Friday, 30 January 2015
The answer to the first question is varied. The angle from where I'm coming from is linked slightly professionally: how do you keep people in front of the layout? Not by chatting to them - that's cheating, that's conversation, but how do you keep them watching the layout for more than say a minute? What's the draw got to be? There are some who will shout that it's my layout and I build for me, and that's all well and good, but if you wave it in public then there has to be more to it than that.
There are really two distinct types that visit model shows and sub sects: Type 1. The modellers visiting to see a particular layout that's been in a magazine or what have you either singly or in groups. Type 2. Non or semi modelling families (i.e. no real interest or something at pure trainset level usually with one or two children in tow). There is Type 1a 'the blinker', those who will only look at layouts that match their company and their scale, and Type 2a the 'matrons not looking'.
What I'm really thinking of are slightly more the Type 2s - the casual visitors. The answer is basically: keep something on scene and moving at all times and create enough visual interest outside of that. The moving is the most important - I noted an RM reader taking a swipe at Warley recently in the letters page and he has a point; the NEC show is supposed to be the best and the best only, not the club shirt/scratch your arse and talk brigade.
How does this link to the above plan? Well yesterday it was dissected... over a four hour plus period, in a full size plan form. The result is it works perfectly. I'm quick to argue Roy Link's original article point about two bogie coaches not fitting the loop as they will. However, allied to the point I make in the above paragraph: if you are happy with the home operation/one engine in steam way of working then it works. The minute that you take it to a show it fails... big time. There is only capacity for one train at a time as while the loop will hold the train, it won't hold the engine as well. The minute the train leaves the station under the bridge after running round etc, so do the audience. Mr. Punch has left the building. Something more needs to be done.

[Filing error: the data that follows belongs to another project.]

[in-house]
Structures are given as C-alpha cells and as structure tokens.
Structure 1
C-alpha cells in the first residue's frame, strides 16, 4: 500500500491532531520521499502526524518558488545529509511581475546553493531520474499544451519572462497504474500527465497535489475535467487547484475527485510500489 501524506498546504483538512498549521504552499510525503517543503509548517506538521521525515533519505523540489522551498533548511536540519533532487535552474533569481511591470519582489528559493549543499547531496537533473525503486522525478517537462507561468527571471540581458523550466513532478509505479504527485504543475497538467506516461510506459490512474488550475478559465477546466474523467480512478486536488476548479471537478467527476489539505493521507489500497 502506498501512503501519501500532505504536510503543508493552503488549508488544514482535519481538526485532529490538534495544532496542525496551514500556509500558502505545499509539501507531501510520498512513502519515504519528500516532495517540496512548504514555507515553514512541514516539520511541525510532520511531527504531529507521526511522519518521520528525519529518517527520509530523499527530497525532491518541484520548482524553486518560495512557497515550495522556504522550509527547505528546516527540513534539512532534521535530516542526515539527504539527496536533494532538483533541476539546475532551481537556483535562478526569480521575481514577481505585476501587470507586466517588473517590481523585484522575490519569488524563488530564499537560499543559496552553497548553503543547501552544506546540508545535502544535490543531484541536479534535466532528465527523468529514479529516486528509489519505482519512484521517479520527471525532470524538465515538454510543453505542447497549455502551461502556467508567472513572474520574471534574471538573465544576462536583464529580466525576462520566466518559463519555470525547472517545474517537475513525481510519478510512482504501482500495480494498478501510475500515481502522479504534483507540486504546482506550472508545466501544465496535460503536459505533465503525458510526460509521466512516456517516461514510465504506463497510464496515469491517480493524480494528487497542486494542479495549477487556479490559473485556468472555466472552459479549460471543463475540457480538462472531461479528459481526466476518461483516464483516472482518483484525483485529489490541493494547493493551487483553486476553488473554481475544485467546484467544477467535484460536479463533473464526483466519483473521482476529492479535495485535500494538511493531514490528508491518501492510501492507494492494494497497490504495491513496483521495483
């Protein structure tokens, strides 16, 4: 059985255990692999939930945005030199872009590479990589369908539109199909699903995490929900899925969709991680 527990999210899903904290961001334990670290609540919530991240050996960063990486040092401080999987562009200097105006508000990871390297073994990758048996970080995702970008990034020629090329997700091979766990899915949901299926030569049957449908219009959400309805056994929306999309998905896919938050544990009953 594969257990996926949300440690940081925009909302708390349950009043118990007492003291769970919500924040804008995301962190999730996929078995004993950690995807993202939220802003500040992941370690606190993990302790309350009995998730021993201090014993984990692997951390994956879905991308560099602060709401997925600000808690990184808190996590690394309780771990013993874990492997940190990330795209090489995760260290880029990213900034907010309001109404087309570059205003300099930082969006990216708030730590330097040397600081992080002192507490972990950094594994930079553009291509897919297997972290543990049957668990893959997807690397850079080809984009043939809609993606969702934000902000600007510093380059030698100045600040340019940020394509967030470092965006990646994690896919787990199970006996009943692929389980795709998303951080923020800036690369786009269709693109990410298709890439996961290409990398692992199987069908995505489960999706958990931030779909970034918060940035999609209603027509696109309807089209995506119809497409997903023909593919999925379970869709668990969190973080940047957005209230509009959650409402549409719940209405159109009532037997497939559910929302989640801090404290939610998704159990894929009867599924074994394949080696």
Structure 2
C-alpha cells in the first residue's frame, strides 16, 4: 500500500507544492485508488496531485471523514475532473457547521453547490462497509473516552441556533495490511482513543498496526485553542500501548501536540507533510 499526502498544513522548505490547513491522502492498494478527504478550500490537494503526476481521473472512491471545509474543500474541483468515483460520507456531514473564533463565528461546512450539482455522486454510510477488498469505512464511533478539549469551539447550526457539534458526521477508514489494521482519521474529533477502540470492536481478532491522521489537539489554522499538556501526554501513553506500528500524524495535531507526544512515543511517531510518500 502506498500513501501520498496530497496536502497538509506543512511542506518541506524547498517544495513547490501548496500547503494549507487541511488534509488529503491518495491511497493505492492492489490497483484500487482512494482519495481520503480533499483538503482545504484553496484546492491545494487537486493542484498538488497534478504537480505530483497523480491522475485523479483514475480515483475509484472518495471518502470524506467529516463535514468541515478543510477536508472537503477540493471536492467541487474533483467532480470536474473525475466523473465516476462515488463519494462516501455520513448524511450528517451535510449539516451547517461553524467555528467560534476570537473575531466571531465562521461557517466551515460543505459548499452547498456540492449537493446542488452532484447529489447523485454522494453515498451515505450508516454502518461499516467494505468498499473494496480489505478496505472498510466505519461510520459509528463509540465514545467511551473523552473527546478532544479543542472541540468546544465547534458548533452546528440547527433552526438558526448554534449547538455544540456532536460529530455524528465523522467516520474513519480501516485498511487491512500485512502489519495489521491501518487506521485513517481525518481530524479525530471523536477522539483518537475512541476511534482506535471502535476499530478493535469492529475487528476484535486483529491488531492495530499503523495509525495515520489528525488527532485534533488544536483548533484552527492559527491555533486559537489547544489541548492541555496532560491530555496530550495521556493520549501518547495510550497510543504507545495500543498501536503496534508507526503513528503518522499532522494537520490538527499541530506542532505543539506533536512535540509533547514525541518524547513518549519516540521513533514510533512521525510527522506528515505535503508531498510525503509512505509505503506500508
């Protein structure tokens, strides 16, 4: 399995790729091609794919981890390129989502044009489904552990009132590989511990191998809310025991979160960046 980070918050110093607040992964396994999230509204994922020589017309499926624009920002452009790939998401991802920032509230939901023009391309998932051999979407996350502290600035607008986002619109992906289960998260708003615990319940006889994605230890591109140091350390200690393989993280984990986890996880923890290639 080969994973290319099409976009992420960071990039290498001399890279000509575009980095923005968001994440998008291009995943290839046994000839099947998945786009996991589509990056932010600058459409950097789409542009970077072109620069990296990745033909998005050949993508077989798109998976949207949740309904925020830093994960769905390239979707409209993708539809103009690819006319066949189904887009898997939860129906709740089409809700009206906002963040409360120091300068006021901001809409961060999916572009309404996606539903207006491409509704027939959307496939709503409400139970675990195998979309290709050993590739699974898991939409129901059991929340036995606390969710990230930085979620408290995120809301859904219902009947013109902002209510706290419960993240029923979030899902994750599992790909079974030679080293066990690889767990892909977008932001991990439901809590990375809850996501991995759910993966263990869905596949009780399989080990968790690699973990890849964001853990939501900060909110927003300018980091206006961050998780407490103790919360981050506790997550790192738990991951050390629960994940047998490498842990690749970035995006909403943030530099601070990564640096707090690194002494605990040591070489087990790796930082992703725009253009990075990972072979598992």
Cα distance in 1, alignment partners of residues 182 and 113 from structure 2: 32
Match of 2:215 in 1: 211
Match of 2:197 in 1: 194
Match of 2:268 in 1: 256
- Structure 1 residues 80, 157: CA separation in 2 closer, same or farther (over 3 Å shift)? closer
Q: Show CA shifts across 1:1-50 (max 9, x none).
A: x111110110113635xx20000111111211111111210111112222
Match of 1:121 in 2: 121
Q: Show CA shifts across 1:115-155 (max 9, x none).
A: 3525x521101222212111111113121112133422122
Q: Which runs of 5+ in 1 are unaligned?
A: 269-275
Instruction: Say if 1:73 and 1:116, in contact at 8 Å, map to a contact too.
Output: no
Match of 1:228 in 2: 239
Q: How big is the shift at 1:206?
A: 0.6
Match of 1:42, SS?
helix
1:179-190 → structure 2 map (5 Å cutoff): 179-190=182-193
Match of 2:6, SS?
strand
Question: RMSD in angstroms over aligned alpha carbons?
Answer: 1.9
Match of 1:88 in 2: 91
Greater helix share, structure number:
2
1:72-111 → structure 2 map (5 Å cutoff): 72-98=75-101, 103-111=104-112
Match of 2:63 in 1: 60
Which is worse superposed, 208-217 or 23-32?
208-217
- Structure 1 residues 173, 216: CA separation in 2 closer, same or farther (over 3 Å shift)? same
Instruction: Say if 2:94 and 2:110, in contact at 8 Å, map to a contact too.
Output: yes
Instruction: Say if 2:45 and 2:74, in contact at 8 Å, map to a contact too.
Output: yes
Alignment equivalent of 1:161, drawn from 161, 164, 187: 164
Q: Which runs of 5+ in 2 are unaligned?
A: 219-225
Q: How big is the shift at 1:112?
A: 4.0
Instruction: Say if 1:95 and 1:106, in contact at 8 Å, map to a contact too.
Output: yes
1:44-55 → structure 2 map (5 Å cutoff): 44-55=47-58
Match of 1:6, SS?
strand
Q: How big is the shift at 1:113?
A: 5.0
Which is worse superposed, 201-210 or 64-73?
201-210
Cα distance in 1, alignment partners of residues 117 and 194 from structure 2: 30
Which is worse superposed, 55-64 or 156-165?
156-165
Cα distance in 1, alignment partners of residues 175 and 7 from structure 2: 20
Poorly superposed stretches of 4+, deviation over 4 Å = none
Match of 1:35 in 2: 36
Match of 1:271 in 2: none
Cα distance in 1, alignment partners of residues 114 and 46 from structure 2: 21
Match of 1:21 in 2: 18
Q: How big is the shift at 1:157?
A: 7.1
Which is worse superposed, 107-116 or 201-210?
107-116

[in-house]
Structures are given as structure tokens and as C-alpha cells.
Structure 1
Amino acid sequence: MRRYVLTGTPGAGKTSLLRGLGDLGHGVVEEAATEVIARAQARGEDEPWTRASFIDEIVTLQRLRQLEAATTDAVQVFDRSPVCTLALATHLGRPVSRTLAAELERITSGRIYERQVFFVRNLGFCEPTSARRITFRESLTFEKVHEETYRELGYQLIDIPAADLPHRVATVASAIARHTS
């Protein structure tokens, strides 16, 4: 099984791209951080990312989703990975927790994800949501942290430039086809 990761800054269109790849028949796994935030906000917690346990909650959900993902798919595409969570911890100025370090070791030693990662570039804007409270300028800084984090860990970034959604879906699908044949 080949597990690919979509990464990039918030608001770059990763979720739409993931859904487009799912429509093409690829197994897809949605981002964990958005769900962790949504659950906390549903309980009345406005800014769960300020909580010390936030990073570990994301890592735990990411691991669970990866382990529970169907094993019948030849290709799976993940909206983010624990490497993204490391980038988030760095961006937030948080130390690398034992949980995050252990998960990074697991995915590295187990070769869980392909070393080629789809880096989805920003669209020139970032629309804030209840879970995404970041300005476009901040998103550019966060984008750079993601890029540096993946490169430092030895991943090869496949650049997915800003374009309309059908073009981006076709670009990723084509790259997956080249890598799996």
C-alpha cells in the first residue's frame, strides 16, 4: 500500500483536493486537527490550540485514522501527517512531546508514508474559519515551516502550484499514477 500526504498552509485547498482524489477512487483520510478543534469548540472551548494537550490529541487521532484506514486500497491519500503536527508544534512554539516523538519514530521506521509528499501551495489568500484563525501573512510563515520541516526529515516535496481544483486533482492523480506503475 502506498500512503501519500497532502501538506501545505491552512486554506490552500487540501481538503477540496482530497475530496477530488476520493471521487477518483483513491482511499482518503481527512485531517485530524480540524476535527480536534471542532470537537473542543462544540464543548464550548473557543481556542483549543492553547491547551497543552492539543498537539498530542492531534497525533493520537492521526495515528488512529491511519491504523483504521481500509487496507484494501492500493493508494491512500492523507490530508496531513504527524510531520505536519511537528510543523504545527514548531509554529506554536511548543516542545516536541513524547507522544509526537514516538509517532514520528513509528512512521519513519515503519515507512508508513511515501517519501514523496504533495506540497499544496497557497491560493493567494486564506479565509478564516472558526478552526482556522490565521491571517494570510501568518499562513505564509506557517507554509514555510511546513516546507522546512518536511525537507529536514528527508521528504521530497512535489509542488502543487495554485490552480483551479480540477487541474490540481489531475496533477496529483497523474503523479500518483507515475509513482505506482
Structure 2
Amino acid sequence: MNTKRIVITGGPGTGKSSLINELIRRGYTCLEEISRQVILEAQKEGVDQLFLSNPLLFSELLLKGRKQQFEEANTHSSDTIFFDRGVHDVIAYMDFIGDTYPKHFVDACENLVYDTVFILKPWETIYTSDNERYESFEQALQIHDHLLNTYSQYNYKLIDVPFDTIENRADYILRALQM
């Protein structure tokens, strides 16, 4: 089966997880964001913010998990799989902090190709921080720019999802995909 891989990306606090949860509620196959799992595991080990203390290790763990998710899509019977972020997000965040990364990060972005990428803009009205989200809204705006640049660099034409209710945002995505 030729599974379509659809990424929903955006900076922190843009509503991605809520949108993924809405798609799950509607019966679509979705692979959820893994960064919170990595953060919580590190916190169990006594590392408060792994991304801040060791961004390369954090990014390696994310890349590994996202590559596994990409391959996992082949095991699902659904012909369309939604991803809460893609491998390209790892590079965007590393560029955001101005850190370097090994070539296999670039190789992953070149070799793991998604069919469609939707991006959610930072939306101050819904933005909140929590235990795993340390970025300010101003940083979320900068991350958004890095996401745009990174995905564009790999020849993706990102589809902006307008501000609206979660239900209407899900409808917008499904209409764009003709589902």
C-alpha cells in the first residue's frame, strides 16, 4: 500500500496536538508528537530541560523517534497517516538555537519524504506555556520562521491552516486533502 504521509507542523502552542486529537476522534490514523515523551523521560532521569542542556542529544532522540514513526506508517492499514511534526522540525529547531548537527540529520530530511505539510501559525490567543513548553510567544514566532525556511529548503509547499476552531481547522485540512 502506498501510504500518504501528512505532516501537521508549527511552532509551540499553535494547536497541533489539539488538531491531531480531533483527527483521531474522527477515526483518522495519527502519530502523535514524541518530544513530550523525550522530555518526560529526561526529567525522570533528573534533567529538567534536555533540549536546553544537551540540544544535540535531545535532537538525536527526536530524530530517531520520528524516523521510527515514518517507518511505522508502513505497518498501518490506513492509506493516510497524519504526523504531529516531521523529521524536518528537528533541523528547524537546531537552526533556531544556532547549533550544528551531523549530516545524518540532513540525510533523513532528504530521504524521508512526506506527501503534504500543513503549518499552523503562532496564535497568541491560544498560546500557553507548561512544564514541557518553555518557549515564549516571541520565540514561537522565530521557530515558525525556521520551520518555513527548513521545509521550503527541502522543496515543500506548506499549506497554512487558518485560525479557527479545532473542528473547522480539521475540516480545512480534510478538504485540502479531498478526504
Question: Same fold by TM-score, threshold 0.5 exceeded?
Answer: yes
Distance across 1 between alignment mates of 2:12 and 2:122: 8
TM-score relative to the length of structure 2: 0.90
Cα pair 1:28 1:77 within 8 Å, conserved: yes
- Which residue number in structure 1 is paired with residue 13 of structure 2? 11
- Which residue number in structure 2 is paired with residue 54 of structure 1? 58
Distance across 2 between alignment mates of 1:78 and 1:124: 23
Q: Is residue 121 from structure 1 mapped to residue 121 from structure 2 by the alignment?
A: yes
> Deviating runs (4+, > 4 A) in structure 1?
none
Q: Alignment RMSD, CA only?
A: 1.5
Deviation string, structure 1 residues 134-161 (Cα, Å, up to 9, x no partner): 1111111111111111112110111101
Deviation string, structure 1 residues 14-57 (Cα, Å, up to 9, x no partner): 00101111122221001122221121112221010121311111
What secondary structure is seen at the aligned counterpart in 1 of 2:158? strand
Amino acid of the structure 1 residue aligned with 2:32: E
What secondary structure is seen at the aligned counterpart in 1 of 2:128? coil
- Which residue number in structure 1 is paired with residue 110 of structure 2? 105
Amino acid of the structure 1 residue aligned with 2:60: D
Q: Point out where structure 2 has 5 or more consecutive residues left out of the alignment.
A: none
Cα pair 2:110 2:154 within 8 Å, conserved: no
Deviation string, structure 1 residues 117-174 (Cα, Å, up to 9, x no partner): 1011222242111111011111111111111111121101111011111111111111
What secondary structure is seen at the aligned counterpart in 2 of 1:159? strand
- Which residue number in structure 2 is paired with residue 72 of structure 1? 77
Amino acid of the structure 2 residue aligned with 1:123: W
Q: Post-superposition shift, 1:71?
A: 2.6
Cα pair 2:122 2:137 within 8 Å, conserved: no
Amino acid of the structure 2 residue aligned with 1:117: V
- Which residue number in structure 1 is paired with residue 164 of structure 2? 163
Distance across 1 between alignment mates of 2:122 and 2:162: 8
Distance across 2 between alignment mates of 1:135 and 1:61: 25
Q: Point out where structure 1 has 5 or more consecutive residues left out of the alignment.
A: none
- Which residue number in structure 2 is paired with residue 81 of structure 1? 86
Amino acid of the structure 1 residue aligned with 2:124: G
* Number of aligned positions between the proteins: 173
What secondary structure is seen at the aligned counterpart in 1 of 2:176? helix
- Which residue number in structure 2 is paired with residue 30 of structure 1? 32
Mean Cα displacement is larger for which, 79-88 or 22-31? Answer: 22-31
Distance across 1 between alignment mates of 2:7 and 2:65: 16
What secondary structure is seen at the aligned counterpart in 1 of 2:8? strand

Wednesday, 28 January 2015
I was having a bit of a downer about exhibitions, but the weekend at Southampton went very well. So much can depend on whether you are left alone to get on with it and not overly managed (just point me toward the stand space and I'll do the rest please) and whether the day long trek to the cup of tea place is friendly and flexible. This scored well on both counts. Kudos to David Barker and his team for getting it right.
Which takes me to moving forward: so far Morton Stanley is working well - better than I'd expected. I'd struggled with 7mm NG in the past, but this has a certain charm. Whether that will extend to standing behind it at an exhibition is another thing. It's first trip out is to the Sussex Downs Group's member's day in March; five o'clock on that day will be a better time to assess things. In addition to that I walked away from the weekend not wanting to bin all the 009 and burn the layout. This is unusual. Forward thinking and various discussions revived my liking of the '5 year plan' (not that it's five years any more). This would mean that the GWR 'Art of the Compromise' plan (being item four on the list) could be the next one out of the traps...